Are you picking at every little thing in your art? Are you constantly doubting yourself and finding criticism at every stroke?
Do you ask yourself these questions…
- How much time should I practice until I get good enough?
- When will I get good enough to use good art supplies?
- Why is everything I do never look finished?
- Why do I keep making mistakes in my drawing?
First and foremost you MUST realize creating art is a journey. It is a process you should be enjoying. Constructive criticism is fine. It actually is great whether you provide it for yourself or someone else gives you nurturing and helpful feedback. If you are trashing your work, your skills and overall being negative….. you need to STOP right away. Beating yourself up is never going to get you to move forward. Creating a “perfect” work of art is NEVER going to happen. Some pieces may be more successful and some may even be dismal failures. This is OKAY. You should be striving for growth, not perfection. You should be finding JOY not unhappiness and dissatisfaction.
Here is a way you quiet the inner perfectionist.
- Correct any drawing errors you can see before you commit to the final composition. It is almost impossible to fix a mistake once you have it fully rendered.
- Make sure all your lines make sense. Look at your composition to see if there are any lines that are going “nowhere” or look awkward. Use tracing paper to work out and refine your drawings.
- Transfer the drawing onto good paper and then redraw it. YES…. redraw the drawing. Make sure all the lines flow. There is grace and beauty in nature, make sure it makes it way onto your paper.
- Test colors before you commit to the paper. Try out a few different ways of creating form. Extend the range of color by working in analogous, complimentary, triad combinations.
Preplanning can greatly help how you view your final outcome. Think of it again like writing. Start with a concept, jot down notes, create a story line, do some research, do some more research, continue to write the story, edit the story and so on. This can be directly interpreted into a concept for a painting: sketch, research, draw, refine, research some more, add and subtract elements, experiment with color and technique etc.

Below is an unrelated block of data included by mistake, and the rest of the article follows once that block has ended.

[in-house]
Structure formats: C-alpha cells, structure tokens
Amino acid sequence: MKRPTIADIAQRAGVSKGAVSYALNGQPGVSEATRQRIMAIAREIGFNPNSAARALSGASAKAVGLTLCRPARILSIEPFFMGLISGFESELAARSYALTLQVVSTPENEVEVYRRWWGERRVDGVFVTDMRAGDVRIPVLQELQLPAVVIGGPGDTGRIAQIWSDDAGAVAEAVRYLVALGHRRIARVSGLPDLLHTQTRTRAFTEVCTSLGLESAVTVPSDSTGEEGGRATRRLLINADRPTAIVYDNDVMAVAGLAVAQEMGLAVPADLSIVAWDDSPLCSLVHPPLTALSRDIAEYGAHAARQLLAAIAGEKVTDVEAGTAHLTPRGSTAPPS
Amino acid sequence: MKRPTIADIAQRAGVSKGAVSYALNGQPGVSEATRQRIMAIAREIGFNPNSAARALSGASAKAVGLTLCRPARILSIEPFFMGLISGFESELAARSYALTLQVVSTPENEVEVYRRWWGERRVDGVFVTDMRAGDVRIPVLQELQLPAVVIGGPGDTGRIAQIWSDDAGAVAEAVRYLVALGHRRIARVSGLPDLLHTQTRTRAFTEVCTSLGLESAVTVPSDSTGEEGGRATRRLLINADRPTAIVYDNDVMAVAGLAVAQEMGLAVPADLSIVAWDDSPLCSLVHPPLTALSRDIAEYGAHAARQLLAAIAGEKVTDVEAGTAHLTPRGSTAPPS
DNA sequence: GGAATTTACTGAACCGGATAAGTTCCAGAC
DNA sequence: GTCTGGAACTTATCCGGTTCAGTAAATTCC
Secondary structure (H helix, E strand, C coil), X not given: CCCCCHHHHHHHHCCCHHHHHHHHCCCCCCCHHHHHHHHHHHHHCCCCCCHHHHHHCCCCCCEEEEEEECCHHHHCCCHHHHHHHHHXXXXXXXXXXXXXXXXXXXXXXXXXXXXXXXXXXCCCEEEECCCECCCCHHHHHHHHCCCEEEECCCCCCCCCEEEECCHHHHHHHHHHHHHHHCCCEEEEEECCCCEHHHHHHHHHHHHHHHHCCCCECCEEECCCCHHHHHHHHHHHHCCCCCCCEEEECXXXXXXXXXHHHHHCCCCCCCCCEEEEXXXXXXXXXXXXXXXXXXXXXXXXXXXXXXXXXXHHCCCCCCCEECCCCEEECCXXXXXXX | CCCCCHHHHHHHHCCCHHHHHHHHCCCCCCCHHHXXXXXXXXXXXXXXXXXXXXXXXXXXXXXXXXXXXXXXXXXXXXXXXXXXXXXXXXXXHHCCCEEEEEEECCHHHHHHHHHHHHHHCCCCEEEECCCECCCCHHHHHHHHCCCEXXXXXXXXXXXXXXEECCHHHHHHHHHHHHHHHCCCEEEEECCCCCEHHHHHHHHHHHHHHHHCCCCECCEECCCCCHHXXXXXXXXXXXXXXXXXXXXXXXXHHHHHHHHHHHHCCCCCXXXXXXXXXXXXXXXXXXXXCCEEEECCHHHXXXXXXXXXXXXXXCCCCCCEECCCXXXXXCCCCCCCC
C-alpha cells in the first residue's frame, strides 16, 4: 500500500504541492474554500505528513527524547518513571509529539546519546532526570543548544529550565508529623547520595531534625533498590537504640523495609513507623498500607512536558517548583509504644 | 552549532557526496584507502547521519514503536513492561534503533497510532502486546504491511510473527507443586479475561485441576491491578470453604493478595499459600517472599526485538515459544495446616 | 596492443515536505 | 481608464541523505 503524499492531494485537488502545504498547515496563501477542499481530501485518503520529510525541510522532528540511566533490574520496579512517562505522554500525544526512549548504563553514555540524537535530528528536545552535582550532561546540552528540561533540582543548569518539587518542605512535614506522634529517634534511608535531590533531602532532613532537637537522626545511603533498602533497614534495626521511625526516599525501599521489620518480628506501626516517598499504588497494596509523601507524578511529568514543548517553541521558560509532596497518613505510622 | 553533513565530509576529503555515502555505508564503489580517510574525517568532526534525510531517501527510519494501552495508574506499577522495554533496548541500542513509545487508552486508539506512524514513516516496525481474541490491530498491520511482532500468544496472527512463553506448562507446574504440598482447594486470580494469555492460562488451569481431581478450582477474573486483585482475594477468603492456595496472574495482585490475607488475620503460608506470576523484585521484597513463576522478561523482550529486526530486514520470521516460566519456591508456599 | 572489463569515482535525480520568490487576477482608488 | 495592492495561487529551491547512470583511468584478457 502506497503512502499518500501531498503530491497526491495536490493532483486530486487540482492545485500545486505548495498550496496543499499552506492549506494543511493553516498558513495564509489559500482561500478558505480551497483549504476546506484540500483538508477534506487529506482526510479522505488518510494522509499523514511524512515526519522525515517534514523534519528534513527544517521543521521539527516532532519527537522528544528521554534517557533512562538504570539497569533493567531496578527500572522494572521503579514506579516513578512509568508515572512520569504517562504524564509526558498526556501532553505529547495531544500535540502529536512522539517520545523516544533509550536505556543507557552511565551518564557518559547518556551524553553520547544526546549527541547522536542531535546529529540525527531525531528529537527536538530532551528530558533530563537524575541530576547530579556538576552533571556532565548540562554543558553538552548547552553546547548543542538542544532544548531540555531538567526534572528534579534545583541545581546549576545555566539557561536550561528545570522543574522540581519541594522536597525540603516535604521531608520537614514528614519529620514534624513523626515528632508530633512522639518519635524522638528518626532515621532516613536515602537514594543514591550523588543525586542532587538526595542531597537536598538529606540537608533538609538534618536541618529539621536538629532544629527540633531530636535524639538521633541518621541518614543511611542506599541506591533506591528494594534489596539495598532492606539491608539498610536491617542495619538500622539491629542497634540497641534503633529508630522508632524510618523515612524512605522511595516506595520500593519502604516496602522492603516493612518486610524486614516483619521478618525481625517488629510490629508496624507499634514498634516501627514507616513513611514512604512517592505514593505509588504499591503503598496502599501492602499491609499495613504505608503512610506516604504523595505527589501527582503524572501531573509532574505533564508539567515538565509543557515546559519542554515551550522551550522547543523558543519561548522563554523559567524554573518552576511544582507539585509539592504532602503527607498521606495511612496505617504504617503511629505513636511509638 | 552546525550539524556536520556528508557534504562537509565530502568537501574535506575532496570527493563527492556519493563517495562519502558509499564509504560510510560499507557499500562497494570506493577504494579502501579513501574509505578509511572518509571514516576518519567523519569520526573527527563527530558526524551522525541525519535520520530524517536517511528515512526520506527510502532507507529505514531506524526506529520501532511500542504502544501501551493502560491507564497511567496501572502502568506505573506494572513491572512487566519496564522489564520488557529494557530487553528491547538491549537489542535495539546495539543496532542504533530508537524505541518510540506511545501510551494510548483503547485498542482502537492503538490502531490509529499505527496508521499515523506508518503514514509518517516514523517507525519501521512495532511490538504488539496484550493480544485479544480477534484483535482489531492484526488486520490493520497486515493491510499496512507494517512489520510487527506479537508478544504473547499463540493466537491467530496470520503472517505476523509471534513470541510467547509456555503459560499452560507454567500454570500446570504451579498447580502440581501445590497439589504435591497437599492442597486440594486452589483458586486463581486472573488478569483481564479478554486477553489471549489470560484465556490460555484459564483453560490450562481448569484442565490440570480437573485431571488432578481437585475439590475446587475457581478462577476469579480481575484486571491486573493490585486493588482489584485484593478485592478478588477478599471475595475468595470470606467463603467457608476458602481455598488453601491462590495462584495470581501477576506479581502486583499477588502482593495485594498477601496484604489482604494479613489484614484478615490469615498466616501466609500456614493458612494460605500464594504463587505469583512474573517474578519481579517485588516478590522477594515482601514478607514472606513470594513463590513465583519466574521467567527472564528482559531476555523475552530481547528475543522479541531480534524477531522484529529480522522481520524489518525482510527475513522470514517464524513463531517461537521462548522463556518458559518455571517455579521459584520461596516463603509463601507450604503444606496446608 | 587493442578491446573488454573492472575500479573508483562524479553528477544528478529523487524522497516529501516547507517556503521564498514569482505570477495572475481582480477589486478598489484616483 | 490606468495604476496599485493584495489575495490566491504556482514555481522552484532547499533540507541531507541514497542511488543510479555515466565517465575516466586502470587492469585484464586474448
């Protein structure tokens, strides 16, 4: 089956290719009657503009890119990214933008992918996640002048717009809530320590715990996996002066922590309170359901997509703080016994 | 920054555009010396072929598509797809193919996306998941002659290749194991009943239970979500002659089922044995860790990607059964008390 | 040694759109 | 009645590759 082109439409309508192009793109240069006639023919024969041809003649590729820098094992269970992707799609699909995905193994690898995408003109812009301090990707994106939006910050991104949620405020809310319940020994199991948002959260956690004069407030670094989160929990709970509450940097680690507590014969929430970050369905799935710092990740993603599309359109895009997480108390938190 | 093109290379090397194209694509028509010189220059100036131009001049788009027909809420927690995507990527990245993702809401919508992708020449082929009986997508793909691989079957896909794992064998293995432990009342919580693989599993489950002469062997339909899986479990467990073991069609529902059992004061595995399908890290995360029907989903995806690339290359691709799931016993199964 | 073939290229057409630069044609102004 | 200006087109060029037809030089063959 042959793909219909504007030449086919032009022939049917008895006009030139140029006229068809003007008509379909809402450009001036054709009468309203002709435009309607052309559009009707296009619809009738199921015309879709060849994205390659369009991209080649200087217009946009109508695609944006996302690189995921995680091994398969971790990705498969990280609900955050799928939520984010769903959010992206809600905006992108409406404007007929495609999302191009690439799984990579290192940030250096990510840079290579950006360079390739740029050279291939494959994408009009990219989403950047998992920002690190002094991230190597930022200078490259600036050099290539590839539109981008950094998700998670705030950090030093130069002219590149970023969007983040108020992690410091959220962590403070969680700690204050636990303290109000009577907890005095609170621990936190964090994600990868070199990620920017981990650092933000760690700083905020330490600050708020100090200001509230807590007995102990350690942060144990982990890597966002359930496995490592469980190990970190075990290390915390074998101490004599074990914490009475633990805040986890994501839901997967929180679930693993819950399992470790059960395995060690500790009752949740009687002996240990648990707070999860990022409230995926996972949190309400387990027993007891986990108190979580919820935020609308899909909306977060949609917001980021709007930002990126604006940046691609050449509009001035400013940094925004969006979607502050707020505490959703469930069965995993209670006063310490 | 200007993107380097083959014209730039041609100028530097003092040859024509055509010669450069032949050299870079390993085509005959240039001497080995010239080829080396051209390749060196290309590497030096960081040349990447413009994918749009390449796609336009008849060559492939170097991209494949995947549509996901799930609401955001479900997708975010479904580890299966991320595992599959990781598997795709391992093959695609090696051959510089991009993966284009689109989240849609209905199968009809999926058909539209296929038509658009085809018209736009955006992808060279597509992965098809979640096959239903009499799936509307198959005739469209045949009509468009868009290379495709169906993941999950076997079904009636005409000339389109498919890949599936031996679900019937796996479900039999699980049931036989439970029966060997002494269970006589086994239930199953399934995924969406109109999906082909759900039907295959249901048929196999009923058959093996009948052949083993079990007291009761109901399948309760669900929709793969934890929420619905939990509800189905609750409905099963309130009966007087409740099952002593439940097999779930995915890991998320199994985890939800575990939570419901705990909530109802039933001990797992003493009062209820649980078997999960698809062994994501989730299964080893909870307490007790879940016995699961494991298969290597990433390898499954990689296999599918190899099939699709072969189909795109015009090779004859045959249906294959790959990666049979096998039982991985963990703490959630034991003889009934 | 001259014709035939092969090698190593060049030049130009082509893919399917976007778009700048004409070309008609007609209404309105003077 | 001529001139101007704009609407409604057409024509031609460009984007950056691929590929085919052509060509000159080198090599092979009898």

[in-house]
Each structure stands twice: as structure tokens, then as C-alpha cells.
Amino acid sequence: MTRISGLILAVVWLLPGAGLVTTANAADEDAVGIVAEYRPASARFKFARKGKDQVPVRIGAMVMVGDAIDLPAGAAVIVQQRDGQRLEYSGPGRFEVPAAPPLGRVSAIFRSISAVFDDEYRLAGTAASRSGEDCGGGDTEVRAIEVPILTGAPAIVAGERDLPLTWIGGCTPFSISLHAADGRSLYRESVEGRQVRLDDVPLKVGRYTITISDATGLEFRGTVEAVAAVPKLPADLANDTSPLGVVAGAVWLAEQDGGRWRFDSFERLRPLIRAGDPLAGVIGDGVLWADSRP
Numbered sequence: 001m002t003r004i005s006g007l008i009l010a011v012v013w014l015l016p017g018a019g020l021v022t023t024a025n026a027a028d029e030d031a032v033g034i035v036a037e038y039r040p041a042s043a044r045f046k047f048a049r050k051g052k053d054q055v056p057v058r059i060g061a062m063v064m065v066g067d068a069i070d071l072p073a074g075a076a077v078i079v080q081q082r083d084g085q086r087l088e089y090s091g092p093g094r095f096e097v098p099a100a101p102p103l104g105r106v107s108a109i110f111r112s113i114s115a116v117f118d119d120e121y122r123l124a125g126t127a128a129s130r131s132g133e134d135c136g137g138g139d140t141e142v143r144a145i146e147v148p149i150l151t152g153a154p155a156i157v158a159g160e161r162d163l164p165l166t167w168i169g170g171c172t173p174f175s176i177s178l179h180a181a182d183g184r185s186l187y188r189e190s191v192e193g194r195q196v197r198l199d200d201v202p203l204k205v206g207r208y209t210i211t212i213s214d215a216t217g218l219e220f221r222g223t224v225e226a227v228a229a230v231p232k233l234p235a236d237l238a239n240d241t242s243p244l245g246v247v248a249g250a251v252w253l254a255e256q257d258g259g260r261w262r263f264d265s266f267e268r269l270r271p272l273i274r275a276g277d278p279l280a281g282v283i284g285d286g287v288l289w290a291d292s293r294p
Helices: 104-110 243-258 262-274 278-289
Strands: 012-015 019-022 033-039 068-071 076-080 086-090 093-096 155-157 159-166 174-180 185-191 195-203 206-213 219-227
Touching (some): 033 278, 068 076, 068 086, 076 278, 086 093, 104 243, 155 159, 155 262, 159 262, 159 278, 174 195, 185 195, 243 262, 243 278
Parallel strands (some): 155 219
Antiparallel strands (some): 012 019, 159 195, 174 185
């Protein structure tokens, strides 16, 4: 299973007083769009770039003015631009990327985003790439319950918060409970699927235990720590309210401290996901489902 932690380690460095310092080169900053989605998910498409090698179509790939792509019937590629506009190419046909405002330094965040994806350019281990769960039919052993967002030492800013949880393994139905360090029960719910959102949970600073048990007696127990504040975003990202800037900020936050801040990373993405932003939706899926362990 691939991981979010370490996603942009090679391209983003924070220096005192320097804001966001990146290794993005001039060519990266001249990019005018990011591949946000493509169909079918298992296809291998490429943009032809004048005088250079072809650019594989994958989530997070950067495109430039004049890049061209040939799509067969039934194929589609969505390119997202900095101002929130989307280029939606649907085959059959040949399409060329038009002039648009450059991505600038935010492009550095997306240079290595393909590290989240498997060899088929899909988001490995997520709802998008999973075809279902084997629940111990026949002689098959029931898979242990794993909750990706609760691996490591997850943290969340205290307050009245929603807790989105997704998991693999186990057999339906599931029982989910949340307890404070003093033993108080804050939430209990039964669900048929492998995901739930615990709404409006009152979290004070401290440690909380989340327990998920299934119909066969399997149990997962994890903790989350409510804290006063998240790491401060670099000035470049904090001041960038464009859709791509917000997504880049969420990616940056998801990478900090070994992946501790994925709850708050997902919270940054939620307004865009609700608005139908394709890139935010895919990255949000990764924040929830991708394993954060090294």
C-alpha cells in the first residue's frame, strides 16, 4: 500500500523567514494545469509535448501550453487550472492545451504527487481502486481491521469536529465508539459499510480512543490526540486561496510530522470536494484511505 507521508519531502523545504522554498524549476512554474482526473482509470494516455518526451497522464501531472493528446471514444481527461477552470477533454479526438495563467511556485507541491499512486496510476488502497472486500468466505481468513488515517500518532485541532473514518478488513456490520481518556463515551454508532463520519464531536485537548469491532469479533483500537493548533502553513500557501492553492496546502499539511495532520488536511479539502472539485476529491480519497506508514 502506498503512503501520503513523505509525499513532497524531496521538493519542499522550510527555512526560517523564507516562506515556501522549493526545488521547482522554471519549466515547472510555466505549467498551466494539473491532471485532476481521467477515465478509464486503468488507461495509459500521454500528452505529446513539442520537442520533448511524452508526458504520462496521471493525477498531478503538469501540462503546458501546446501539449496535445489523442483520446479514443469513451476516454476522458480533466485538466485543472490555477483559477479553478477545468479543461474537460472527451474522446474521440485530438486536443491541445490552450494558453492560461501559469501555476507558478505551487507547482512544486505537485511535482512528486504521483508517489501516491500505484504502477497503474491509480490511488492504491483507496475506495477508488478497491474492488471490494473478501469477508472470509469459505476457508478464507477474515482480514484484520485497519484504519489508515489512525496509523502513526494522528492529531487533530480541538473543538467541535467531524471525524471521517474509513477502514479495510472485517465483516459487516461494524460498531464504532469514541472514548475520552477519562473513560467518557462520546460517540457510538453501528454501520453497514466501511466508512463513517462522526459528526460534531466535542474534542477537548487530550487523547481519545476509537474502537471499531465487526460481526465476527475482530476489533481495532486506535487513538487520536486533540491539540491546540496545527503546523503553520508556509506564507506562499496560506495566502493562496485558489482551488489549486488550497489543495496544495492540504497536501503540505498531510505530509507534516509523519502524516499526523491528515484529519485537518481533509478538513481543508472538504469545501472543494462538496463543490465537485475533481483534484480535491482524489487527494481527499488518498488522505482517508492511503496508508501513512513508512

Once you feel confident in your composition you may struggle along the way with technique. Learn to be accepting of where you are in the journey. How many paintings did Picasso paint during his career? How many styles did he explore? How many techniques did he try out? How often did he fail?
A final evaluation: When can you say a painting is “DONE”?
Do you get to the point in a painting where you feel like it has stopped progressing. Are you spending time on it and no matter what you do to it, it either looks the same as it did 10 minutes ago or there is something new that is bugging you…but it still isn’t looking right. So what would be the sane thing for you to do…… Fester over it, make a bigger mess? Spend countless more time being dissatisfied and upset? Heck NO!
- Put it aside and look at it the next day with fresh eyes…usually from across the room.
- This is where the “AHA!” moment will occur. If there is something that is screaming, “FIX ME!” You should be able to see it immediately and be able to take action to remedy the problem.
- If you look at it and can’t figure it out….. Stick a fork in it….. YOU ARE DONE!
- Accept that this is where you are at. You may not be completely satisfied with the painting but look for the good in it.
- Realize there are so many other paintings to be challenged by and be eager to keep trying and exploring.
- At this point sign your work. Yes, put your signature on it. This makes it final.
- Once it is signed, make a vow… NEVER to TOUCH it AGAIN.
- Keep moving forward. The time you spend fussing could be used in producing more and better work.